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Book Review: My First Summer in the Sierra by John Muir

Reviewed by Marion Randall Parsons

More than forty years ago [this was written in 1912] a young Scotchman, but recently recovered from an accident that had threatened his eyesight, came to California hoping to make his way into the mountain regions, whose beauty, he had feared in his hours of darkness, might forever be hidden from him. The story of his "First Summer in the Sierra," now for the first time published, is a journal written in the solitude of the great forests, on the summits of lonely domes and peaks, or by the camp-fire with "Billy," the shepherd, and the Indian asleep near by and the dull,dingy,unpastoral flock, for whose care he was responsible, looking "like a big gray blanket in the star light." The beauty and freshness of the mountains is wonderfully reflected in this book, which seems to hold within its pages all the brightness and sunny geniality of a Sierra morning warming towards noon.

Aside from the enthusiasm for the new world opening before him which is perhaps the dominant note of the book, one is struck chiefly by Mr. Muir's strong sense of the harmony and unity of Nature. In him the wide vision of the scientist is allied with a reverent spirit that traces even from the ravages of destructive forces an ultimate working out for good, and sees in apparent death the creative power of the Lord. "One is constantly reminded of the infinite lavishness and fertility of Nature, - inexhaustible abundance amid what seems enormous waste. And yet when we look into any of her operations that lie within reach of our minds, we learn that no particle of her material is wasted or worn out. It is eternally flowing from use to use, beauty to yet higher beauty; and we soon cease to lament waste and death, and rather rejoice in the imperishable, unspendable wealth of the universe, and faithfully watch and wait the reappearance of everything that melts and fades and dies about us, feeling sure that its next appearance will be better and more beautiful than the last."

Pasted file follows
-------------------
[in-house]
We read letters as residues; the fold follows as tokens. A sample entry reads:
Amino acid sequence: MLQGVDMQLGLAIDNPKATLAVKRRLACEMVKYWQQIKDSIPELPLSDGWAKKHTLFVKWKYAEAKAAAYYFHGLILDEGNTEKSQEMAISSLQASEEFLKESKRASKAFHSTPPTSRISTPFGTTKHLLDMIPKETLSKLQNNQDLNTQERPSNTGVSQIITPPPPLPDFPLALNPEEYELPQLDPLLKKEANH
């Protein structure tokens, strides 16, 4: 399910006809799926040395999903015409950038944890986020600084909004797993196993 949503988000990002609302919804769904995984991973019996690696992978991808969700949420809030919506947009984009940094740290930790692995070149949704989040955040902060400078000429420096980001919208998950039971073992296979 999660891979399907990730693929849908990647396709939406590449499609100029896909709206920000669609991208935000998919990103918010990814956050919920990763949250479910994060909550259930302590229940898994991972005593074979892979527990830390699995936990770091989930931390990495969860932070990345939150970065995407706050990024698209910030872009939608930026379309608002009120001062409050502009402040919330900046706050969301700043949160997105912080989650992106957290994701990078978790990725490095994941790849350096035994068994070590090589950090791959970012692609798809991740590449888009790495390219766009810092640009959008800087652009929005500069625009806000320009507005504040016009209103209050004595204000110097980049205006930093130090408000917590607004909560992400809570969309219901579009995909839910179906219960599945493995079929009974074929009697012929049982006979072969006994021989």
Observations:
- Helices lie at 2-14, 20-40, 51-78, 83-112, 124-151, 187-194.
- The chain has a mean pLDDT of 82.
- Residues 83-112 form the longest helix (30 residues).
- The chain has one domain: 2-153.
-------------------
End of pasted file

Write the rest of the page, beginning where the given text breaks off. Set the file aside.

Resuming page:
Mr. Muir's intense feeling of fellowship and kinship with them mountain world is constantly manifest. "One fancies a heart like our own must be beating in every crystal and cell, and we feel like stopping to speak to the plants and animals as friendly mountaineers." A friend that he especially loves to hold communion with is the Douglas squirrel. "How he scolds, and what faces he makes; all eyes, teeth,and whiskers! If he were not so comically small he would indeed be a dreadful fellow."

An unusual insight into the beauties of the common things of the wayside is not the least of the book's charm. The tracery of leaf shadows on rock surfaces, the "sun-sifted arches" of the trees, the flow of clear streams, the firelight glow on forest walls, above all the unending wonder of the cloud scenery, those "mountains of the sky" whose daily gathering and dispersal he never fails to mark, - all these are noted with as true a perception of their beauty and significance as are the rarer glories of the summit peaks.

Forty years have wrought no change in Mr. Muir's enthusiasm for the Sierra. To those of us who have been privileged to journey with him through his best-loved mountains the story of his "first summer" will bring back many a radiant day of those later summers he has shared with us, days whose wonders he has helped us read, - "days in whose light everything seems equally divine, opening a thousand windows to show us God."

Source: Sierra Club Bulletin, Vol. VIII. No. 3, January, 1912.

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